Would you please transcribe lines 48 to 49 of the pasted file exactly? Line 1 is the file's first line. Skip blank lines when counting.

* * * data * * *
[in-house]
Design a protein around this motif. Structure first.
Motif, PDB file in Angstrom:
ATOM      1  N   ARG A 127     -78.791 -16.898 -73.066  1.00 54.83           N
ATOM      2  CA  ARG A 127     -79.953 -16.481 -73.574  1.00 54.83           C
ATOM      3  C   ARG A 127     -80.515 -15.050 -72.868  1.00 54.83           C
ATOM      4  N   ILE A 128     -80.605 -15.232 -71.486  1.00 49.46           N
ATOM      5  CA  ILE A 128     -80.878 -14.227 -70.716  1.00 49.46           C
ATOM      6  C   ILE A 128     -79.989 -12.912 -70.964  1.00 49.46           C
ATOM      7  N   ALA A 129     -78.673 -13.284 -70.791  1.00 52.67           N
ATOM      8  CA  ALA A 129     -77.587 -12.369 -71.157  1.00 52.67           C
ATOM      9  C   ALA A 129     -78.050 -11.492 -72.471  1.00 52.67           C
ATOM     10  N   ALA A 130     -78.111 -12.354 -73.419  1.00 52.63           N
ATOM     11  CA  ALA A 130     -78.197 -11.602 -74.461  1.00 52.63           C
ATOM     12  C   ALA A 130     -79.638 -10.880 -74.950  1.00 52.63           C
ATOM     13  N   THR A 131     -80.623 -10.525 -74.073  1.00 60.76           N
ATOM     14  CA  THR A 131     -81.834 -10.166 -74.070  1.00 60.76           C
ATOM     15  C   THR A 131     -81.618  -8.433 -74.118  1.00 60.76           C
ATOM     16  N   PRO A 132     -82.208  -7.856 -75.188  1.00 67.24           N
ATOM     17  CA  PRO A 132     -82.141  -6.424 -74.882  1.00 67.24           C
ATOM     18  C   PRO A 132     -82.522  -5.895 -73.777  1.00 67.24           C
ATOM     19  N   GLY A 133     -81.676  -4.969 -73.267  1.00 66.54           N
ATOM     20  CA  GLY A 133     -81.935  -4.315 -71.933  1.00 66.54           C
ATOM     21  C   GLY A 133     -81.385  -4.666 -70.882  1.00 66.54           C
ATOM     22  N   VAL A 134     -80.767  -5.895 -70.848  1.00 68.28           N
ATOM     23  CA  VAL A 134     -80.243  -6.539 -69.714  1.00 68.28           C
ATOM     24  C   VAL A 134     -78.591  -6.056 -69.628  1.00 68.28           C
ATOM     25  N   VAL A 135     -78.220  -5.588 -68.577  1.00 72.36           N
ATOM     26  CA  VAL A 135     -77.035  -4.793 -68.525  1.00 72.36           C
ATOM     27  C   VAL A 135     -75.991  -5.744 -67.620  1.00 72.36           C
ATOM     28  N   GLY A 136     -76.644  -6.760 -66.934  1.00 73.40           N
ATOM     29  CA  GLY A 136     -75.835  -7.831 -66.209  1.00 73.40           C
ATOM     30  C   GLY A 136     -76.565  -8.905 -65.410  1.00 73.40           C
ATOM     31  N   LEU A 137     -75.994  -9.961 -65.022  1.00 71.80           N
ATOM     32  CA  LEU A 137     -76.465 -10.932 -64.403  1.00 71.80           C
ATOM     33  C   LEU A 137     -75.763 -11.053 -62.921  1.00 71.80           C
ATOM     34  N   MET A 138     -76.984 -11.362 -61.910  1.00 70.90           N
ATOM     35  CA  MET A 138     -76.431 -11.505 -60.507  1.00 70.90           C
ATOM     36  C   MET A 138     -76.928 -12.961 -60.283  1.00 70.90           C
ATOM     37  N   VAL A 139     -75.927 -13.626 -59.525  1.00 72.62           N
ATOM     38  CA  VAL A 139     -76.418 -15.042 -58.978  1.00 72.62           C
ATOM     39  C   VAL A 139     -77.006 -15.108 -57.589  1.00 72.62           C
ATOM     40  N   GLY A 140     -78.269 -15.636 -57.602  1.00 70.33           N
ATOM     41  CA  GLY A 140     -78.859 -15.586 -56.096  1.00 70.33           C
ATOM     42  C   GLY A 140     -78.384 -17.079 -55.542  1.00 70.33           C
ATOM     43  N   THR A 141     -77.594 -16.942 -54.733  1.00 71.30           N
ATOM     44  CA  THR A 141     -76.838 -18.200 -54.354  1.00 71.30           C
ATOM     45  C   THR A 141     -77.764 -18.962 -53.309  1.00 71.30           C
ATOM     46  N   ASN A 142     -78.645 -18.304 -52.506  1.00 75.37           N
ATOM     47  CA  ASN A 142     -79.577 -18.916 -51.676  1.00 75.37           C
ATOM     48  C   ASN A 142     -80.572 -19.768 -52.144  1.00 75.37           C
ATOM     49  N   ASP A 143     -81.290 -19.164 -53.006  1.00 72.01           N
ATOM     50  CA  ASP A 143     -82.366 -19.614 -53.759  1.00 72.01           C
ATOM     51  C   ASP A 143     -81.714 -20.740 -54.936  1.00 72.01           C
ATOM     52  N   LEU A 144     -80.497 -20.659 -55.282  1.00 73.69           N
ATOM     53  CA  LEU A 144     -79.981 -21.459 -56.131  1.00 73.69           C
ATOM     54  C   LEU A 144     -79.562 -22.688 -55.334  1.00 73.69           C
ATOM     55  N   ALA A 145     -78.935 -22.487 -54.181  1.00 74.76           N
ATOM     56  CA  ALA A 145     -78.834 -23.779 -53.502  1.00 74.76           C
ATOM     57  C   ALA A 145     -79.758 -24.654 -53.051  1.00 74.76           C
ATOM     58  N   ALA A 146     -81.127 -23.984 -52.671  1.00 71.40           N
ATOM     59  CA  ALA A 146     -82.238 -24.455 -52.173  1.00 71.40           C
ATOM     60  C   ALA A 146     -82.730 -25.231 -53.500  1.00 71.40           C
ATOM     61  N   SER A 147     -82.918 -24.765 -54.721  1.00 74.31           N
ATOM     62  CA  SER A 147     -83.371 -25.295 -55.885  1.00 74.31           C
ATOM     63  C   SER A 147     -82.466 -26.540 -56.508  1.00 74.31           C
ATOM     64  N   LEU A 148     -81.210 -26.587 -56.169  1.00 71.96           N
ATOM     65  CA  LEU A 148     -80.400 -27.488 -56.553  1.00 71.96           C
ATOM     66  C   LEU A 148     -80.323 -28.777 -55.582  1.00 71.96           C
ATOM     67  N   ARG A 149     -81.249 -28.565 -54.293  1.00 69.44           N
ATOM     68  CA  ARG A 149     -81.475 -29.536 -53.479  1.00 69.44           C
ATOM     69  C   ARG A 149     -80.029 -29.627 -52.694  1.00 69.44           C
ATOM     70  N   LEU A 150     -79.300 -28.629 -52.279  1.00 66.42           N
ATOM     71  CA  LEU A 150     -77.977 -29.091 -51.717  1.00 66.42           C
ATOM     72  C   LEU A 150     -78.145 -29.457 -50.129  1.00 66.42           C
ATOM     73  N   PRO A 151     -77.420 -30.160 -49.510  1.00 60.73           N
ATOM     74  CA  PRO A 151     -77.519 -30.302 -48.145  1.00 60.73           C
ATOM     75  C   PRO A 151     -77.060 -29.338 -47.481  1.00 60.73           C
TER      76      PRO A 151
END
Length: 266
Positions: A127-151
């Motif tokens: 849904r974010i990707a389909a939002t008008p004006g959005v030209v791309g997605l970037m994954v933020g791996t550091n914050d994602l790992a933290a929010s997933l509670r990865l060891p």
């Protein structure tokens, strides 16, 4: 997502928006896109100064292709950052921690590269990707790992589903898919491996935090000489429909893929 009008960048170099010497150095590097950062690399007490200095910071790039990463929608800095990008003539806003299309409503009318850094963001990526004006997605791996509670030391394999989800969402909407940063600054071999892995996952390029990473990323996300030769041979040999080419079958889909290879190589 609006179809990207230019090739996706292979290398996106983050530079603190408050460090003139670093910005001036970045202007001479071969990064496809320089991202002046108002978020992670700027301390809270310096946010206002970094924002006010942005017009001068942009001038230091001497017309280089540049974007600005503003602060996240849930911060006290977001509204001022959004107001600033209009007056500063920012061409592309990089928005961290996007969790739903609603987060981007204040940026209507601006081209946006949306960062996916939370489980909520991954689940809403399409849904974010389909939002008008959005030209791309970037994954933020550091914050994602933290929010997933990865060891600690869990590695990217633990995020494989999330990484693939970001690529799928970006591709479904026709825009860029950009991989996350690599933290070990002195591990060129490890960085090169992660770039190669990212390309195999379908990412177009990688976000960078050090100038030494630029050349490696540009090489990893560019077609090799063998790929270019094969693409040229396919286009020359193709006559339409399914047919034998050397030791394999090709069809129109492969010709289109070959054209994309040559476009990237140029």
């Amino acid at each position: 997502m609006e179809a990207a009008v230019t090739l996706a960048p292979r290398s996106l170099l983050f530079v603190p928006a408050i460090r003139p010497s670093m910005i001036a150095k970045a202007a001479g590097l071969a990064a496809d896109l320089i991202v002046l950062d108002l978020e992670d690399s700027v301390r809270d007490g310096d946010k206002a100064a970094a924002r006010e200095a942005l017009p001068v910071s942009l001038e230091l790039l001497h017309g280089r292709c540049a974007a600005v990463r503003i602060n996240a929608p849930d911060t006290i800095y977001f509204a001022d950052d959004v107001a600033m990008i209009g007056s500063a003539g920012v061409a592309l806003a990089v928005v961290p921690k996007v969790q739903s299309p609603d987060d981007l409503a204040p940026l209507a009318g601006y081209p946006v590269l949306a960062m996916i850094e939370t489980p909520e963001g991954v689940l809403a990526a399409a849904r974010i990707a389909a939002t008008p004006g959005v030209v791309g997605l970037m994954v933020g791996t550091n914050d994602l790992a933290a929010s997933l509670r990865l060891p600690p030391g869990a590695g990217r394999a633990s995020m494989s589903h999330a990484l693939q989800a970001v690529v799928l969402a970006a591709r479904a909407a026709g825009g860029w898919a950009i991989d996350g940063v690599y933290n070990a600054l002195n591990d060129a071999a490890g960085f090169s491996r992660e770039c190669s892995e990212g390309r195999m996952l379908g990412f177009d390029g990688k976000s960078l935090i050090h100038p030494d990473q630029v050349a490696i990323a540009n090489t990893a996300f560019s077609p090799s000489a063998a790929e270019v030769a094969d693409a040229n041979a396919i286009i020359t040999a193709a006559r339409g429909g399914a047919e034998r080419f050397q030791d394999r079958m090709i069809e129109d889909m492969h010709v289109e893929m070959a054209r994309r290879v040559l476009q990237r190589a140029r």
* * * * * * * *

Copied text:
ATOM     45  C   THR A 141     -77.764 -18.962 -53.309  1.00 71.30           C
ATOM     46  N   ASN A 142     -78.645 -18.304 -52.506  1.00 75.37           N